CES 2010 : Qualcomm To Use Former AMD Foundries To Produce Snapdragon Chips

It may be the biggest partnership win outside of AMD that Global Foundries -- the new company managing AMD's former fabrication facilities -- may ever have, or need to have, and it will be the talk of CES in just a few hours: Qualcomm has signed an agreement to be Global Foundries next big customer, with plans to produce smartphone and smartbook components at Fab 1 in Dresden, Germany this year.

Fab 1 is AMD's former Fab 36 -- the main production facility for AMD's 45 nm quad-core CPUs, which Global Foundries produces for AMD today. It's one of the crown jewel facilities for fabricating multicore chips anywhere in the world, now being fitted for the high-k-plus-metal-gate process developed with IBM.

With Global Foundries producing Snapdragon chips for Qualcomm -- as its CEO, Dr. Paul Jacobs, will likely make official during a CES keynote later this afternoon -- Qualcomm may not just go toe-to-toe against Intel's Atom both qualitatively and quantitatively, but may even have a leg up.

Snapdragon is the chip platform behind Google's and HTC's Nexus One phone, announced Tuesday; and Acer's A1 Liquid, which runs Android 1.6 "Donut" today, but which many see as capable of Android 2.1 "Eclair" before very long. Today, it's a single-core 1 GHz processor produced by ARM, the leading producer of embedded processors and the champion of the "smartbook" concept.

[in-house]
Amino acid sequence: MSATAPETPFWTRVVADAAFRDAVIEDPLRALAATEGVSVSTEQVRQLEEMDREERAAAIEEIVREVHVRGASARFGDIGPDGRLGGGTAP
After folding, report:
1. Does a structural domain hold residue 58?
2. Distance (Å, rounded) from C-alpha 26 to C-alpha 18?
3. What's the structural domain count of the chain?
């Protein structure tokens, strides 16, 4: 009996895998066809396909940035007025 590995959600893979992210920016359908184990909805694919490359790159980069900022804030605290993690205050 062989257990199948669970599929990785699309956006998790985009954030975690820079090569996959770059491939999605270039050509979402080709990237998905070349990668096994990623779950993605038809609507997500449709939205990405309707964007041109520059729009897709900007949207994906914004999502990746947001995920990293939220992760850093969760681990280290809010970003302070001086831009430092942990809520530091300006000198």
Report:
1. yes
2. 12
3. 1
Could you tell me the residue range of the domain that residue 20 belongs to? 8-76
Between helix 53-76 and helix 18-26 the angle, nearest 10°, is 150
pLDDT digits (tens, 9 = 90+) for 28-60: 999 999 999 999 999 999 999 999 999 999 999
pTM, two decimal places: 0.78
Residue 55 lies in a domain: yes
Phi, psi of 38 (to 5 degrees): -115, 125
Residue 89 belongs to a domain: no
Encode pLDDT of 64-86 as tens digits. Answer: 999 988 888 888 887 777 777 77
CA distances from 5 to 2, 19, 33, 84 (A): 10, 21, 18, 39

In an interview yesterday at CES with UK-based tech site Hexus.net, Qualcomm Senior Vice President Luis Pineda said a 1.3 GHz 45 nm version of Snapdragon would be available in products by the end of this year, and that a dual-core 1.5 GHz edition would be in production by the end of the year. But Pineda did not reveal the obvious detail: With whom does Qualcomm produce a dual-core processor at that speed? Now we know.

Today's news could very well make Snapdragon the big story of CES. Already, in the wake of Microsoft's failure to unveil any details on Windows Mobile 7, one of the highlights from that keynote -- the HP "slate" PC -- has only managed to fuel the fire for a story that isn't good at all for either Microsoft or Intel: HP is showing off a multitouch Snapdragon-based tablet with a similar design to the "Slate," probably for a cheaper price point and a carrier subsidy. It's running Android now, and PC Perspective has the first video.

Such a product might end up being seen as "cooler," at the very least, than a high-end tablet PC running Windows 7 selling well into the $1,500 price points. But a premium version of an Android-based, always-on mini-slate, just small enough to fit into attachés or purses, running with a dual-core processor made in AMD's old factory, could be huge.